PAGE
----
Rune delivers a bloody and visceral adventure grounded in Viking mythology.
One of the most disappointing games for me in recent years was Viking: Battle for Asgard. Sold to gamers as a more open God of War-style action game steeped in Norse mythology, it just plain looked cool. Sadly the final product was lacking, only succeeding in making me hungrier for something to make good on the horned helmed, mead swigging experience I’d been hoping for. Little did I know that another game had already come along eight years earlier and delivered almost exactly what I was looking for. This, of course, would be Rune.
Originally released in 2000 and recently added to GOG’s retro library, Rune drops players in the role of Ragnar, a young Viking warrior who, rescued by the god Odin from some impromptu betrayal, is tasked with combating the forces of the trickster Loki and averting the world ending conflict Ragnarok. The story is honestly one of Rune‘s weaker parts. It’s not bad by any measure, but it’s also beat-by-beat predictable and does little more than serve as an excuse for you to butcher your way through a smattering of locations based in Norse mythology.
The combat, in turn, is also perhaps a bit shallow, never quite evolving beyond basic hack-and-slash mechanics that you’ll probably master within the first half hour of gameplay. There are some bits of diversity to vary things up a little bit, though. For instance, throughout the game, you’ll have three weapon types (sword, axe, mace) with different strength tiers that you can switch between freely. You can also pick up objects like torches and even your enemies’ amputated limbs to use as makeshift bludgeons. These options still don’t add up to combat you could really call deep, but it’s still frequently satisfying. Your foes are varied and challenging enough to keep you interested and the simple thrill of lopping an enemy’s head off never gets old.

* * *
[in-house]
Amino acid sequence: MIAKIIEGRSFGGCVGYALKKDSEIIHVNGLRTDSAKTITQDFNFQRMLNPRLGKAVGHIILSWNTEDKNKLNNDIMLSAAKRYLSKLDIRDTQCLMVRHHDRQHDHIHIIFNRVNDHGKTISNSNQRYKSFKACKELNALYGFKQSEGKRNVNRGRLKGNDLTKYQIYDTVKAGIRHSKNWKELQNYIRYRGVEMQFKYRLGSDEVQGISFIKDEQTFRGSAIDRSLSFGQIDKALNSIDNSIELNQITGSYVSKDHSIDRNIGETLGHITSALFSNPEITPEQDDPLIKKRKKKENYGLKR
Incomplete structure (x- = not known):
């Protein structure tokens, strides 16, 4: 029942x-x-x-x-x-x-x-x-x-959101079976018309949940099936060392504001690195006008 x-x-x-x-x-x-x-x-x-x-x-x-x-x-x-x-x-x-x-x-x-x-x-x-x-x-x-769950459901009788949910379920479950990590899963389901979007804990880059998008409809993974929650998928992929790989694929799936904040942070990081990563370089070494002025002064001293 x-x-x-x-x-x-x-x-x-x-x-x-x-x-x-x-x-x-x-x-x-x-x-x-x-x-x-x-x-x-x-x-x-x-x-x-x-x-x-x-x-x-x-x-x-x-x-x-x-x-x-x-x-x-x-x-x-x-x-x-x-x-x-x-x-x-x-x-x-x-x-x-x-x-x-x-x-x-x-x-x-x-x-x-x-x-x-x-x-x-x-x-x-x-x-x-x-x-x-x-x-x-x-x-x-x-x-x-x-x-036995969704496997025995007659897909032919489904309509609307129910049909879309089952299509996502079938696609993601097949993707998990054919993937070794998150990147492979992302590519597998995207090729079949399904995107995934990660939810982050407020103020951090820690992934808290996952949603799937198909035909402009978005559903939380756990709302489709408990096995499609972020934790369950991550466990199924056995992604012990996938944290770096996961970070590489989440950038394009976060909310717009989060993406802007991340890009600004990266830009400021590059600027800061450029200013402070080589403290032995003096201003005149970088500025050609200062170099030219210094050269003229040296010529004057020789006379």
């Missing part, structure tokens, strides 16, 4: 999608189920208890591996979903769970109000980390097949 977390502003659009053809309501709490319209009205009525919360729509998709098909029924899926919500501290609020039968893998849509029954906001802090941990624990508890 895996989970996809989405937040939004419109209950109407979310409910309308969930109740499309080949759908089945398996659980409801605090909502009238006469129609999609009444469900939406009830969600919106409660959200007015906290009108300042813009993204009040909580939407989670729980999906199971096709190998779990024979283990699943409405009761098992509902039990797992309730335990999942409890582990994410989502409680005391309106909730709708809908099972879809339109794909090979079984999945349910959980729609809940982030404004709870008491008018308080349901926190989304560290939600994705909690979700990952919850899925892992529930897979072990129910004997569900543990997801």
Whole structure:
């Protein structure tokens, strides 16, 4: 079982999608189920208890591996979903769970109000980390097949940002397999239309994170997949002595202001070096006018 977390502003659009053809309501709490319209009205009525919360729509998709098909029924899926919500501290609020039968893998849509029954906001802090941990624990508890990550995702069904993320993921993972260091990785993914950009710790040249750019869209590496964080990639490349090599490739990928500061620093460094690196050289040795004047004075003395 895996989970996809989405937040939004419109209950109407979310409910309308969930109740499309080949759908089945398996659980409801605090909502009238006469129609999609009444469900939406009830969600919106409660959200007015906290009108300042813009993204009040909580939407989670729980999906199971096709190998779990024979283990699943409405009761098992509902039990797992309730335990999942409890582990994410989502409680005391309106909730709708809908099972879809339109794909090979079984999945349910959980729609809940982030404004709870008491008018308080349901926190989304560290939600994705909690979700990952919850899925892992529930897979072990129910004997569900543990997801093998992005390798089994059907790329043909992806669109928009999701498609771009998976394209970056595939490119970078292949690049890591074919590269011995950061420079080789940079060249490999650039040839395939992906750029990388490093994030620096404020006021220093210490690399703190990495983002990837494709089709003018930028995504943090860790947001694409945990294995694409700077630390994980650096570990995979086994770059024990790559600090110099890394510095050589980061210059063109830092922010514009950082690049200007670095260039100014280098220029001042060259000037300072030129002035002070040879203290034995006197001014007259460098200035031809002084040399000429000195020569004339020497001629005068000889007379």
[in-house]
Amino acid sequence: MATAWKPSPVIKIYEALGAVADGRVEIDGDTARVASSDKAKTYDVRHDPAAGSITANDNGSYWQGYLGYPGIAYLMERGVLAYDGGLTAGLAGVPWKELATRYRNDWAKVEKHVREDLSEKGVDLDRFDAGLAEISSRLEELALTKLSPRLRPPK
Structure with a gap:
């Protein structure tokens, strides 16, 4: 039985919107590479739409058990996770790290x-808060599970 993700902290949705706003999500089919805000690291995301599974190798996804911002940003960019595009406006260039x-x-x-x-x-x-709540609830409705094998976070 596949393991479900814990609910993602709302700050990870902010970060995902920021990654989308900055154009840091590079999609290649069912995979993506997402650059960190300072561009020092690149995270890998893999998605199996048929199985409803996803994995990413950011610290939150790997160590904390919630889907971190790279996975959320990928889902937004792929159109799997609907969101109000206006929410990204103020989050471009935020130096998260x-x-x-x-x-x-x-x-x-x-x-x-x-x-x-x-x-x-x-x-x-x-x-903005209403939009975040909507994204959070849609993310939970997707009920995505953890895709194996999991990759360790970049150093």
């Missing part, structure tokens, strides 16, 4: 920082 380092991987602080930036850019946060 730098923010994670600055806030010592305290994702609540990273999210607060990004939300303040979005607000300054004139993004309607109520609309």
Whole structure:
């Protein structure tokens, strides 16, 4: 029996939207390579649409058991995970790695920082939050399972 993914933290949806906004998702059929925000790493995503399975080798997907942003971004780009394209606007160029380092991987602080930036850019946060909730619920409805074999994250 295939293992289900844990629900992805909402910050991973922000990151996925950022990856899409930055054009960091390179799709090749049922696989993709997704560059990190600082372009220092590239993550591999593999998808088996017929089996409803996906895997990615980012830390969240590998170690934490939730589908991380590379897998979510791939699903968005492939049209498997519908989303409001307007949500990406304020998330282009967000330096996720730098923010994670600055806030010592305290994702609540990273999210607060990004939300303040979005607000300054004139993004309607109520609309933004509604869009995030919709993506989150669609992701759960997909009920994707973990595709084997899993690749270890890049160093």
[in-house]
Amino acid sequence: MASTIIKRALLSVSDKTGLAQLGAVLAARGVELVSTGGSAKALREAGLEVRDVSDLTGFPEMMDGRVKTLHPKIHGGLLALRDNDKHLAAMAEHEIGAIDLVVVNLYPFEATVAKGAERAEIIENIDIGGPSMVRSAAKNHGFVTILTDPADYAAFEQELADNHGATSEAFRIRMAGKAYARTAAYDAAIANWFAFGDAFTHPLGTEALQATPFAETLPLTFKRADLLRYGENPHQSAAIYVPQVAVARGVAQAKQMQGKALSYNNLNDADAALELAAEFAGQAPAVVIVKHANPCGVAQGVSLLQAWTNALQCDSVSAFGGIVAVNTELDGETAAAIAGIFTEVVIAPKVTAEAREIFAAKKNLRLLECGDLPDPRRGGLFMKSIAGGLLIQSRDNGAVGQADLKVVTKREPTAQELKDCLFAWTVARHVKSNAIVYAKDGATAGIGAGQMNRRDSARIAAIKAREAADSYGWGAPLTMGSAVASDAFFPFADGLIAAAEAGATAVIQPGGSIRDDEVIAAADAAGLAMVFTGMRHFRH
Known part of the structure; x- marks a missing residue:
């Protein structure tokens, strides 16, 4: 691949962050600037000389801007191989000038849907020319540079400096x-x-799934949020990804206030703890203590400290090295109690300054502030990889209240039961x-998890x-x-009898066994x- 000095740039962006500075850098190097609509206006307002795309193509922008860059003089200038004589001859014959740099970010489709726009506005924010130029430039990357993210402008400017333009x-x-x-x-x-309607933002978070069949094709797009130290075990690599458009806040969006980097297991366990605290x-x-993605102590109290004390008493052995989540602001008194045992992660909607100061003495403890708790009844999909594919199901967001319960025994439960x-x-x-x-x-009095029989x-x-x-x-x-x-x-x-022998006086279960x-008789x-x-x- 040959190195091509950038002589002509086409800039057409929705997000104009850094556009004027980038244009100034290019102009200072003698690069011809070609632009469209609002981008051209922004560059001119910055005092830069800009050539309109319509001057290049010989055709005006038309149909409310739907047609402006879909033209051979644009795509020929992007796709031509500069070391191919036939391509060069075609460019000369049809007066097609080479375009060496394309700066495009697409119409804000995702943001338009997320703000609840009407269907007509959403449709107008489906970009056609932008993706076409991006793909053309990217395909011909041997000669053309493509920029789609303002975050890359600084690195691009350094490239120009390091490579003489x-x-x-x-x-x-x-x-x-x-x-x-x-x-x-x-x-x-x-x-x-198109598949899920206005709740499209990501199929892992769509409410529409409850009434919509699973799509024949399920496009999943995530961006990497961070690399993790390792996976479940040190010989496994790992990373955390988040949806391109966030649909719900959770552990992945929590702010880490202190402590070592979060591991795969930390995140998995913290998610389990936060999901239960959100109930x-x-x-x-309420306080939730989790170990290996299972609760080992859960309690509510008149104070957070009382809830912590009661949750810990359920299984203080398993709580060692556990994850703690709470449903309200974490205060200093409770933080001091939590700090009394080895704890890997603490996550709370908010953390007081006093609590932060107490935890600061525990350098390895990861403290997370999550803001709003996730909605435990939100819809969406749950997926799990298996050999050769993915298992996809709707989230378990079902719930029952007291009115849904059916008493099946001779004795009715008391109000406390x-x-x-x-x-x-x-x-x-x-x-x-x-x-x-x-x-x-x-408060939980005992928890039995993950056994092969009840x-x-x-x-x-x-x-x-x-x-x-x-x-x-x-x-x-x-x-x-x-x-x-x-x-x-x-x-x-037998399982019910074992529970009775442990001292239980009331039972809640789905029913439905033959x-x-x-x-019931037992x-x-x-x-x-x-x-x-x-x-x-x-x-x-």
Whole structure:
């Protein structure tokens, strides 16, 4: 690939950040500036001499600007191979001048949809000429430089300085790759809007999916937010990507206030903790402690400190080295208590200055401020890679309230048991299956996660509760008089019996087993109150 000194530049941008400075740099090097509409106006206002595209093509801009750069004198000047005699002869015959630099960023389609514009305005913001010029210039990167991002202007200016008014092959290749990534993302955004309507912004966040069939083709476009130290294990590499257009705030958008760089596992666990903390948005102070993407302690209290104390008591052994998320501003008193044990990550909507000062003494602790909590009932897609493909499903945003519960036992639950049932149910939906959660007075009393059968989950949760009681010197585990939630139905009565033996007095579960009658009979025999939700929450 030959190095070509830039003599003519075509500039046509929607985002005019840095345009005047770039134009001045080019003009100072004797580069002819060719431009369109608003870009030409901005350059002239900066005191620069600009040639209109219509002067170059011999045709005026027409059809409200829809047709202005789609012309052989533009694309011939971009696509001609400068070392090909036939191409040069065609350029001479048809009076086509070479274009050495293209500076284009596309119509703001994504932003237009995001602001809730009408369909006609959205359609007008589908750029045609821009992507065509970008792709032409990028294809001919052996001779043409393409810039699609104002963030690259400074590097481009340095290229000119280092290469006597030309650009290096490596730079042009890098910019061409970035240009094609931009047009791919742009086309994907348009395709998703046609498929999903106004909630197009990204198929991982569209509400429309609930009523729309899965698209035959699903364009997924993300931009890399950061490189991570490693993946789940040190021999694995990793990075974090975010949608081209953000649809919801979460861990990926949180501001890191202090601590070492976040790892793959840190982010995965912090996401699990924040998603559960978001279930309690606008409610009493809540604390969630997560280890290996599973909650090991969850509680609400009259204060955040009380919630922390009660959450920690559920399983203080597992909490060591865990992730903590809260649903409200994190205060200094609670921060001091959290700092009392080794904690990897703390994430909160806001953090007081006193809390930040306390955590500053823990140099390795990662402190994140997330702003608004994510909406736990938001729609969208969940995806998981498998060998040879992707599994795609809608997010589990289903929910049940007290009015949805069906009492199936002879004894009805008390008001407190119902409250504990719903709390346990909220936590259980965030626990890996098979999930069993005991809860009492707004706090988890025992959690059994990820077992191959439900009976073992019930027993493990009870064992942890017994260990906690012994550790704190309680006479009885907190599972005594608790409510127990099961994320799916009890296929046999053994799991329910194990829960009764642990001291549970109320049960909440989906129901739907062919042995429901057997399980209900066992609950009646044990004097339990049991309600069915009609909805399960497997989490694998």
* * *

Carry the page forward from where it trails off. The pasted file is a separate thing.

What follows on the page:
Where the game really excels however, is in the world it creates for you to play in. Aside from being just being generally epic, Rune does a great job of fashioning environments that are linear but still feel open and explore-able. You will occasionally waste time trying to figure out what to do and where to go, but it’s rare that you’ll get stuck. The game’s puzzles rarely graduate to the realm of frustration and, more often than not, the process of solving them is broken up by combat, traps and environmental hazards that will keep your adrenaline pumping even as you’re wandering around looking for some obscure, hidden switch to take you further into a level.
Rune also has a multiplayer mode that I sadly never really got to try. Every time I attempted to join a match there were either none available or not enough players to make any real sort of game. It’s unfortunate because I’ve heard good things about the multiplayer and was looking forward to giving it a go. That said, even without any online experience I would wholeheartedly recommend Rune to any action fan looking for a visceral, lengthy adventure steeped in some of the coolest mythology human history has arguably produced. It’s not a perfect game by any means, but it’s a damned fun one.